Gino Strabliggi, a convict put away for twelve years for an armed robbery in Paris, is granted early release, thanks to his social worker counsel Germain Cazeneuve, who vouches for his safe conduct upon return to normal society. The two develop a friendship, as Strabliggi attempts to make an honest living. He is on the right path, and turns down his old buddies who attempt to lure him back to a life of crime. Even the accidental death of his longtime girlfriend Sophie in a car crash cannot deter him, and he re-locates to Montpellier, where Cazeneuve himself moved, to find work in a printing press. He also finds a new girlfriend, Lucy, who loves him, and wants to get married. Things seem to be going well for him, until chief inspector Goitreau, who had initially put Strabliggi behind bars in Paris, is also posted to Montpellier. He is a vindictive man, convinced that Strabliggi’s life as an ordinary citizen in only a cover for his next criminal act. Believing that a criminal cannot change, Goitreau continues to hound Strabliggi. Eventually, Strabliggi kills Goitreau in a tussle when he confronts Goitreau in their apartment while Goitreau was trying to coerce Lucy. He is tried for murder.
Director Jose Giovanni shot the film in languid frames with occasional big close ups. Music by Philippe Sarde, reminiscent of a mellow Italian serenade, fits in well with the narration and pacing. Alain Delon and Jean Gabin turn in believable portrayals of Strabliggi and Cazeneuve, Delon in particular capturing the intensity and magnetism of the Strabliggi character with authenticity. The film is a commentary on the degrading prison environment of seventies France, and maintains a critical outlook of the justice system in general. Germain Cazeneuve’s monologue creates the backdrop of the story, which traces the failed attempt of an ex-convict to resume life as a normal citizen, and his own struggles as a social worker in the prison system that is brutal towards its inmates. As Strabliggi tries to stay afloat, Cazeneuve, nearing retirement himself and frustrated with the system, takes up a different job consulting ex-convicts in Montpellier. Cazeneuve’s views are a stinging critique of the justice system that does little to help, in fact ostracizes, ex-convicts. Despite things going his way for a while, Strabliggi, eventually succumbs, and not entirely due to his own doing. He was “simply unlucky” – as Cazeneuve says in Court, when called up for his statement. He reminds the court that –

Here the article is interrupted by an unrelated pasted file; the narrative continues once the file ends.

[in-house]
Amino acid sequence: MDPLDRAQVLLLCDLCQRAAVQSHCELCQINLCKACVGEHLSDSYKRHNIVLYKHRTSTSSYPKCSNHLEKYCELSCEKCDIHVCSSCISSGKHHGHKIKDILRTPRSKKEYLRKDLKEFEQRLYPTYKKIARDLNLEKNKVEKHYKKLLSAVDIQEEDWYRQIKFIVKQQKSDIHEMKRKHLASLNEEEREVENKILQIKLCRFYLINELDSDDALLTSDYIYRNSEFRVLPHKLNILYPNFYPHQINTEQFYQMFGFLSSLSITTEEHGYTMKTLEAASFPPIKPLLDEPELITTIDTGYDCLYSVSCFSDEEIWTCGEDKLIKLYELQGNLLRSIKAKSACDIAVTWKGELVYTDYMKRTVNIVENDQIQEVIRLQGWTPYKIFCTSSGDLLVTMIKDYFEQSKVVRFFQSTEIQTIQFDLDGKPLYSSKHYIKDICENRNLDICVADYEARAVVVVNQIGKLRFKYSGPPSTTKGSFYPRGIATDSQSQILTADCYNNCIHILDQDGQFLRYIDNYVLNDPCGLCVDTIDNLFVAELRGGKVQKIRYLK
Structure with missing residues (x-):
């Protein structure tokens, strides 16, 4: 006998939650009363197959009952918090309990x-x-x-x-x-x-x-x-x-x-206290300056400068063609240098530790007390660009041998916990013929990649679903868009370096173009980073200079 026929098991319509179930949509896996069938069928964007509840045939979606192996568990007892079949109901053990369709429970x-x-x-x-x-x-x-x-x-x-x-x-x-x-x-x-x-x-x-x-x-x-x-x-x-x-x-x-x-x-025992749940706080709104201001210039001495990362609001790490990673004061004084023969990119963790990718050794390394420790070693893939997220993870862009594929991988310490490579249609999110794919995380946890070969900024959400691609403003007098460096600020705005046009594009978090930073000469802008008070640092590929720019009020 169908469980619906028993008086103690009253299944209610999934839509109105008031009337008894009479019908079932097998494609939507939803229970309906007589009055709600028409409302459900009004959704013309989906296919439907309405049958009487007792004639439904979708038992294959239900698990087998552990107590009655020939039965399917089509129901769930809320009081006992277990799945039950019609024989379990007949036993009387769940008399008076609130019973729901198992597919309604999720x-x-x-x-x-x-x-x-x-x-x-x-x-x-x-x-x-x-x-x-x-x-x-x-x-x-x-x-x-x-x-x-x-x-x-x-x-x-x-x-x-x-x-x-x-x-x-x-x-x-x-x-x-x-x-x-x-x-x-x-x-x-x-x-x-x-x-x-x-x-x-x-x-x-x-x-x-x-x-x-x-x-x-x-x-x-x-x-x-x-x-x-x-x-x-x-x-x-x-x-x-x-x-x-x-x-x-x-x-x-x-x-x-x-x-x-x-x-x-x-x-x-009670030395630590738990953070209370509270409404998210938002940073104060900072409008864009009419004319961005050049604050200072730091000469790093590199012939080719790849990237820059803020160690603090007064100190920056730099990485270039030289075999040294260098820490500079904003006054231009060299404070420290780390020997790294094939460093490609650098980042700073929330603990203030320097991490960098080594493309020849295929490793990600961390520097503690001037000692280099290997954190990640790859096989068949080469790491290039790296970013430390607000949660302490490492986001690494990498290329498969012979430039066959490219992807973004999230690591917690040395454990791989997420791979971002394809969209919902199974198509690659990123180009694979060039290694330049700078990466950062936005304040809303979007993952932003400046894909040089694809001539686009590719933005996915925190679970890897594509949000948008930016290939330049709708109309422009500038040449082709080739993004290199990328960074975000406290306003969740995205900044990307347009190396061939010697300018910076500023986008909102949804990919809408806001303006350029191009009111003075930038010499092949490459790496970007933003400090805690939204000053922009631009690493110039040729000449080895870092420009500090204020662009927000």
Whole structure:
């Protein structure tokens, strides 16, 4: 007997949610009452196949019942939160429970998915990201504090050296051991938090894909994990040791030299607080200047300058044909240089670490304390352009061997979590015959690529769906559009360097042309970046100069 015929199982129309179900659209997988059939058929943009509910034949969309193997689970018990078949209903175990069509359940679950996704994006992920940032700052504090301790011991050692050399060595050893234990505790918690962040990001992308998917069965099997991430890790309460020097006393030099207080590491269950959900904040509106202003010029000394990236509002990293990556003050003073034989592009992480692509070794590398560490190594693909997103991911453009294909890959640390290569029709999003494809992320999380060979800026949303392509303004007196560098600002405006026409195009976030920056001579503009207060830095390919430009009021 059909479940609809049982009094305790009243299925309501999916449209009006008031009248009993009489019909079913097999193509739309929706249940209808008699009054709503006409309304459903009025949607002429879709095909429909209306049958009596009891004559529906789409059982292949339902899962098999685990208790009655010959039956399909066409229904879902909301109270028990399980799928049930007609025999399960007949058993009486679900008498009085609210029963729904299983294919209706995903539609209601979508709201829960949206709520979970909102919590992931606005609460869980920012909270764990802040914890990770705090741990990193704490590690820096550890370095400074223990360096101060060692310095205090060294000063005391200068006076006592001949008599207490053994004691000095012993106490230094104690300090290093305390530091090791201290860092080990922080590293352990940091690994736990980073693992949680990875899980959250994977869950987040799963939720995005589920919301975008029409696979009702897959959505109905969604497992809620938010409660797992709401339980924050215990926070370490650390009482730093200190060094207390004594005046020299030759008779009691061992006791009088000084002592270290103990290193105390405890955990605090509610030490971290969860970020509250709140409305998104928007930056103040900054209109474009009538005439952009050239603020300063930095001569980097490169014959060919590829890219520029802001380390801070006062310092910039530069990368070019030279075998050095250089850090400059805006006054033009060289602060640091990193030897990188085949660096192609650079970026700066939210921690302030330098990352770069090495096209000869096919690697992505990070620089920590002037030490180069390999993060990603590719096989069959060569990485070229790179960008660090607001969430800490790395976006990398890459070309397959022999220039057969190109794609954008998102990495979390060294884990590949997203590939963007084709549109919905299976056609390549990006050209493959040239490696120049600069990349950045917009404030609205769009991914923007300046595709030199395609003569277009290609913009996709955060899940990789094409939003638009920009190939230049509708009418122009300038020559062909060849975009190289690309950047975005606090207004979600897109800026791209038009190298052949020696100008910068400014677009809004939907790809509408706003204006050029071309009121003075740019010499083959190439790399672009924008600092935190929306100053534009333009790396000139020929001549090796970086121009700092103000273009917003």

“Justice must be fair, but not fierce, it must fully understand the person it is trying, the crime and its reasons.”
He argues, that it was fate that led Strabliggi to an officer of law determined to bring him down, and that the sentencing should be considerate of the fact. However, mitigating circumstances are ignored, and Strabliggi is sentenced to death. A plea for clemency to the President of France is also turned down, and Strabliggi faces the guillotine.
A startling revelation, for me, was the use of guillotine for execution in the modern era. Thankfully, that practice came to an end in 1981, when France abolished the death penalty.